Organized Crime and Democratic Governability brings together scholars and specialists, including current and former government officials, from both sides of the border to trace the history and define the reality of this situation. Their diverse perspectives place the issue of organized crime in historical, political, economic, and cultural contexts unattainable by single-author studies. Contributors examine broad issues related to the political systems of both countries, as well as the specific actors—crime gangs, government officials, prosecutors, police, and the military—involved in the ongoing drama of the border. Editors Bailey and Godson provide an interpretive frame, a “continuum of governability,” that will guide researchers and policymakers toward defining goals and solutions to the complex problem that, along with a border, the United States and Mexico now share.
Community activists were delighted with the passage of the Community Reinvestment Act, but they came to realize that it would take more than the word of law to bring about real change. This book gives voice to the activists who took it upon themselves to agitate for increased investment by financial institutions in their local communities. They tell of their struggles to get banks, mortgage companies and others to rethink their lending policies. Their stories, drawn from experiences in Chicago, New York, Milwaukee, Boston, Pittsburgh, and other cities around the country, offer insight into the way our political/economic system really works.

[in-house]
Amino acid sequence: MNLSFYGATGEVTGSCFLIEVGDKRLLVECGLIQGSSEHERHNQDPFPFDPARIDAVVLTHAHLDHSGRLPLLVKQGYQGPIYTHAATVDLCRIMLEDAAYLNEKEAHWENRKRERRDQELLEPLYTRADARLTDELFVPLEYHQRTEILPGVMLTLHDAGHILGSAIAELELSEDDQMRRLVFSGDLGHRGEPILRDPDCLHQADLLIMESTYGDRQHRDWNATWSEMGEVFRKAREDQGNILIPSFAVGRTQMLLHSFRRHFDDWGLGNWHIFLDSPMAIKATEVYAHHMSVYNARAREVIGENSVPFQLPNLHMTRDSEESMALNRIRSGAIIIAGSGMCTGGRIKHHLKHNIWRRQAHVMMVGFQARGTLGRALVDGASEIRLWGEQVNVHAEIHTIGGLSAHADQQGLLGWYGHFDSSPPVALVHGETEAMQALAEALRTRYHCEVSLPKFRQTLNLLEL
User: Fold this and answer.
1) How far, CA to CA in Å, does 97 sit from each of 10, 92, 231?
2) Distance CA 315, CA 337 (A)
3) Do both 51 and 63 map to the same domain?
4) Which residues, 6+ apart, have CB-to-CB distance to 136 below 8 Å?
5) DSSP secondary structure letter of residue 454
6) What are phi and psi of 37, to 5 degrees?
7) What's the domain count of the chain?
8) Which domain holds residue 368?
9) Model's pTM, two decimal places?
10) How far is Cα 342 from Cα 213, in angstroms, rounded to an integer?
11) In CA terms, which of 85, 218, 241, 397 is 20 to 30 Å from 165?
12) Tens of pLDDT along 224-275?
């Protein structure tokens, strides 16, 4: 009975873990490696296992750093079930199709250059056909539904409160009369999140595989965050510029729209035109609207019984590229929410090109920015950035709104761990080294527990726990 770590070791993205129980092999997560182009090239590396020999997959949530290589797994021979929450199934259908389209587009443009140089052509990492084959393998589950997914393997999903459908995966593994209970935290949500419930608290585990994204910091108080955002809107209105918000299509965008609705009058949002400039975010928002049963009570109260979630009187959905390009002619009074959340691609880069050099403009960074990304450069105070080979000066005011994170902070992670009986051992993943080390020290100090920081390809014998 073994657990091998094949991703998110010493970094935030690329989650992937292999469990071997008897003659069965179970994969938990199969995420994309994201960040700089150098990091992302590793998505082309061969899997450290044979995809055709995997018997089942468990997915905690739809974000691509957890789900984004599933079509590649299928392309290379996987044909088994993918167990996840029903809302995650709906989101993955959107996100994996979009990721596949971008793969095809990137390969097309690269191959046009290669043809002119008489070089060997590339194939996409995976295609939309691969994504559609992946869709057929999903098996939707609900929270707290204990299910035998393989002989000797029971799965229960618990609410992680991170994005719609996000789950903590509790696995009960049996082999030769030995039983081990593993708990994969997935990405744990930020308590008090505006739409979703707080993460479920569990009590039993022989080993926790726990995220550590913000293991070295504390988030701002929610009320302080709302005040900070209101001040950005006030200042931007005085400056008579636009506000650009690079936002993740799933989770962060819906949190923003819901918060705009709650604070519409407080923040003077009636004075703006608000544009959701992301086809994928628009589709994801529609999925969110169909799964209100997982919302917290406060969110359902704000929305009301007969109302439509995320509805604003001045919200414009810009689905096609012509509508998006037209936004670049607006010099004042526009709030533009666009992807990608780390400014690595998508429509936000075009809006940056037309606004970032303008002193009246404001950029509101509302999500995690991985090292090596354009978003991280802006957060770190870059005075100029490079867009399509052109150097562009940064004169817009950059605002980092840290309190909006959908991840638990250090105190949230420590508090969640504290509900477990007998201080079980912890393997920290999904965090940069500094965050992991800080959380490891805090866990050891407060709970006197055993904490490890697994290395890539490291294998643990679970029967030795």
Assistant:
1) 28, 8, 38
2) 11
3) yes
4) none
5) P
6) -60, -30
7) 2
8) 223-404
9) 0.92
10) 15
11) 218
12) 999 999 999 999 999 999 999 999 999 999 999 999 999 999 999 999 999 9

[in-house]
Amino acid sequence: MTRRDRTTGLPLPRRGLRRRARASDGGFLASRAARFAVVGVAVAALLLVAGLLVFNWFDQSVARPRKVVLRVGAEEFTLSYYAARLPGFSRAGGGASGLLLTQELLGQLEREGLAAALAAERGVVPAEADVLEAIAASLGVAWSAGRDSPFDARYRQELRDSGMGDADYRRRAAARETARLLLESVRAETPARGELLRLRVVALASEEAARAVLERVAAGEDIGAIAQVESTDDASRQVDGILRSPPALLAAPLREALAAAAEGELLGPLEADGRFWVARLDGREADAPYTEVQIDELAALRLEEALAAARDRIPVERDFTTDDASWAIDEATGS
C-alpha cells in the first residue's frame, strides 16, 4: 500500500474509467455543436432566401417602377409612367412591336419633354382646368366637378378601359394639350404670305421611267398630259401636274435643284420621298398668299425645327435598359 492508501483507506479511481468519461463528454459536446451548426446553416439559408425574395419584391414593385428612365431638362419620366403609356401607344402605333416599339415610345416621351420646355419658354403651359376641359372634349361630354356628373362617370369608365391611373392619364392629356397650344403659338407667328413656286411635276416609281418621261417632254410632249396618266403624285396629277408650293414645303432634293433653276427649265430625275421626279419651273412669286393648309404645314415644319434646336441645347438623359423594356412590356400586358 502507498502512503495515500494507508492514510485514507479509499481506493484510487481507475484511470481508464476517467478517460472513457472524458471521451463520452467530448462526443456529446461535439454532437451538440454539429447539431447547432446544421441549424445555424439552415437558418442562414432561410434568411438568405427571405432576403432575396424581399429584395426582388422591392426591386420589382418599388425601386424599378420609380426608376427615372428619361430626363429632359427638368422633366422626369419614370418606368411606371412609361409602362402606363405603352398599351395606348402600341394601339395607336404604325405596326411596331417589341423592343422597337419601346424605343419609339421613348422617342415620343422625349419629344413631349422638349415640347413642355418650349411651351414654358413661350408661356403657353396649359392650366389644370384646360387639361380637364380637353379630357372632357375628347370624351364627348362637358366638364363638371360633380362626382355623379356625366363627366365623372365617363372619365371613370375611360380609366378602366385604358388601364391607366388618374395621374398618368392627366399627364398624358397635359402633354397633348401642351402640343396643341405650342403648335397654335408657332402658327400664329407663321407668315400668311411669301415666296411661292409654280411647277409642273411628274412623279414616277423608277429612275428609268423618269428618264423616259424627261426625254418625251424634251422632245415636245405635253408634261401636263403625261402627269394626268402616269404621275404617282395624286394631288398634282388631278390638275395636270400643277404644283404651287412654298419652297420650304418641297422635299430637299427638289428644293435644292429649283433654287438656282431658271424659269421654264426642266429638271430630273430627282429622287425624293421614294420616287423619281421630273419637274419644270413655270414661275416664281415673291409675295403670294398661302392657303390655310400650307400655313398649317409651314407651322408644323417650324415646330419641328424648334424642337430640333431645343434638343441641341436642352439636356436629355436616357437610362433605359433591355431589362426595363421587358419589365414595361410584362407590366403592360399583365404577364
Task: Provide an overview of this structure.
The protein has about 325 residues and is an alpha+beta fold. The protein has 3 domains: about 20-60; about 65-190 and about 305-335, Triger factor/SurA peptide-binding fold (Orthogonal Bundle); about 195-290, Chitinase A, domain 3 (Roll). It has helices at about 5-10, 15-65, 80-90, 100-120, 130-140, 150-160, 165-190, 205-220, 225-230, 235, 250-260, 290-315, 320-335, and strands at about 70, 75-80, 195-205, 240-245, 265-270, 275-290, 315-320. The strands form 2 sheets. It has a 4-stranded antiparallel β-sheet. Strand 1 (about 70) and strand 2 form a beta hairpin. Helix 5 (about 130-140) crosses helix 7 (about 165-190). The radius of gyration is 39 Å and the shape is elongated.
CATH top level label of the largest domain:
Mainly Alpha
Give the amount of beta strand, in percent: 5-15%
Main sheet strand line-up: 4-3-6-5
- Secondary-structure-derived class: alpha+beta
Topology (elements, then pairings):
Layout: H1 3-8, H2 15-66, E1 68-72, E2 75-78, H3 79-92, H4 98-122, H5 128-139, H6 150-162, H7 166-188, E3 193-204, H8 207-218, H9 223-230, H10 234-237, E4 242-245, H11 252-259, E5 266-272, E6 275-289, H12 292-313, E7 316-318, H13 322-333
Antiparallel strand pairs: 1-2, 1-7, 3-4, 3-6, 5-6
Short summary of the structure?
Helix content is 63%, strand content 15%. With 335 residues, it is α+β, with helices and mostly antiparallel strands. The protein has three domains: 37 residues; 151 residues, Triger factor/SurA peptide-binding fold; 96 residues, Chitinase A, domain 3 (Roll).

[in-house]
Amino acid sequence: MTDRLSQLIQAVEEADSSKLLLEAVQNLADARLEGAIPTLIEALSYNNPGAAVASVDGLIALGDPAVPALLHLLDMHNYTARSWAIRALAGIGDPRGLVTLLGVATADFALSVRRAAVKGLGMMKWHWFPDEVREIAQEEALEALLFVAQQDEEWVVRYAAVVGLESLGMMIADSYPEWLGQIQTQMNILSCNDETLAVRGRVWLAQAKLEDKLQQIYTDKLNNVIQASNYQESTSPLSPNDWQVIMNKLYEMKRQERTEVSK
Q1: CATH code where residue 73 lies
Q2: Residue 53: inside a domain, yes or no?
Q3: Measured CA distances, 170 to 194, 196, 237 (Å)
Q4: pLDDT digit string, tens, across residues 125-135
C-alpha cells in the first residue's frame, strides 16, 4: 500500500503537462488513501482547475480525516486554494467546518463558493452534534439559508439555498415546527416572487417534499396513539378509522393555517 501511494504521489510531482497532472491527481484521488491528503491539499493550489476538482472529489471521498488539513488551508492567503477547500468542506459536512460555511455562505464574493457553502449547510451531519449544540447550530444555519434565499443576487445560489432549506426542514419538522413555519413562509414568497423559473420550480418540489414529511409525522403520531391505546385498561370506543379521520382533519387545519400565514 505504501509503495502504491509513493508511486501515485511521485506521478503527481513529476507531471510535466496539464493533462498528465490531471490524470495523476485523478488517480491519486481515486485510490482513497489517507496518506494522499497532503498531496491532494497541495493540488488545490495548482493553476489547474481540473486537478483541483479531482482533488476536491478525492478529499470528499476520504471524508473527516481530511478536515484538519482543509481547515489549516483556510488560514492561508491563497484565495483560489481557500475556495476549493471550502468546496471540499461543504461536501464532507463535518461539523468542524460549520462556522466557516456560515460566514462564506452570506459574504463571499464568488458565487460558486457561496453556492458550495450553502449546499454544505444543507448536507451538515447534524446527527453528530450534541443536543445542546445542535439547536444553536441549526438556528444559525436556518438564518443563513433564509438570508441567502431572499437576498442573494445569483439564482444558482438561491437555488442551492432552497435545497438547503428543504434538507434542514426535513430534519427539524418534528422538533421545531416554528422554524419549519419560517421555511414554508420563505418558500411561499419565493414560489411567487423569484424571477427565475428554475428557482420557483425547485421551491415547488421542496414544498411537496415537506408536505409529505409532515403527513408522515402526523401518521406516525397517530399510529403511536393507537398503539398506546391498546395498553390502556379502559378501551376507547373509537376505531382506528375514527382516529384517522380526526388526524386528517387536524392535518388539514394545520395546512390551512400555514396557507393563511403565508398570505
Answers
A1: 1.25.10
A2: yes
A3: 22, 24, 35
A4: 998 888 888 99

In the past twenty-five years, a number of countries have made the transition to democracy. The support of international organizations is essential to success on this difficult path. Yet, despite extensive research into the relationship between democratic transitions and membership in international organizations, the mechanisms underlying the relationship remain unclear.